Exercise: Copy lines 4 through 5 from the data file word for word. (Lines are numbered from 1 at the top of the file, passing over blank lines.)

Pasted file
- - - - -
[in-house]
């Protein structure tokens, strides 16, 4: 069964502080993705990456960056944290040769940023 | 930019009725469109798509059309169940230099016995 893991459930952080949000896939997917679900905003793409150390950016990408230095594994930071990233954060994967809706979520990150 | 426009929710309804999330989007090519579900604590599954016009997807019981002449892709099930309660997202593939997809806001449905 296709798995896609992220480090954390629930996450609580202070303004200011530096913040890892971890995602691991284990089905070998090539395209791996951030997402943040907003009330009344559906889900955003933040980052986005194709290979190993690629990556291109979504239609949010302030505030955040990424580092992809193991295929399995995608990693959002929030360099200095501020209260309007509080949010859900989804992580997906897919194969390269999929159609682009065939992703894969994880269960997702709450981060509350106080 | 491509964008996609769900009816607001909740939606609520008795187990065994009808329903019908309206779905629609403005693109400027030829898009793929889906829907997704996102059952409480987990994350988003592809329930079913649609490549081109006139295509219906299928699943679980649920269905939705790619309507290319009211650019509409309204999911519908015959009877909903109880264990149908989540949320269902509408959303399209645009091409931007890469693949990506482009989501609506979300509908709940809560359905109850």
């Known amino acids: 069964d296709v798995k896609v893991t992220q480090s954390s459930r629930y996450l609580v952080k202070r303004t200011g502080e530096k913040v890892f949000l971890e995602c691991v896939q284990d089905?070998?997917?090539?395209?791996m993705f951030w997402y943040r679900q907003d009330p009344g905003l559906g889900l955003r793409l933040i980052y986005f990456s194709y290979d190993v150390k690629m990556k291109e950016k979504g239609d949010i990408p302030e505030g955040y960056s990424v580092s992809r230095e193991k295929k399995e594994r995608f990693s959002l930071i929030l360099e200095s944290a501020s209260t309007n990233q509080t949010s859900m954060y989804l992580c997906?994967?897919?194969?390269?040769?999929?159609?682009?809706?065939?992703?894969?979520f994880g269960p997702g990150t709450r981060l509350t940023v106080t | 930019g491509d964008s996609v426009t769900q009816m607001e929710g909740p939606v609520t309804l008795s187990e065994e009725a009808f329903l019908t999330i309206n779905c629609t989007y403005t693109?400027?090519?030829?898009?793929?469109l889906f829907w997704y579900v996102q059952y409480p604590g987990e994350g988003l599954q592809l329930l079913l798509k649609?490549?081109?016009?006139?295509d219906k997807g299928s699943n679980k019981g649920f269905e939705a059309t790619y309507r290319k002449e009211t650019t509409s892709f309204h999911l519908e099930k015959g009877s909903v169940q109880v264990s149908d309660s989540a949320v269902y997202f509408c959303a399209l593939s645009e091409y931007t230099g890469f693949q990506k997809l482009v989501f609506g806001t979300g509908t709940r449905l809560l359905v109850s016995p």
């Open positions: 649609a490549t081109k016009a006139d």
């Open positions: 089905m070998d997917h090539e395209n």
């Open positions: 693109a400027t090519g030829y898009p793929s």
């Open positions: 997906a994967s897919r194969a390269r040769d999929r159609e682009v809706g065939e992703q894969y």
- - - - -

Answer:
């Open positions: 649609a490549t081109k016009a006139d």
């Open positions: 089905m070998d997917h090539e395209n």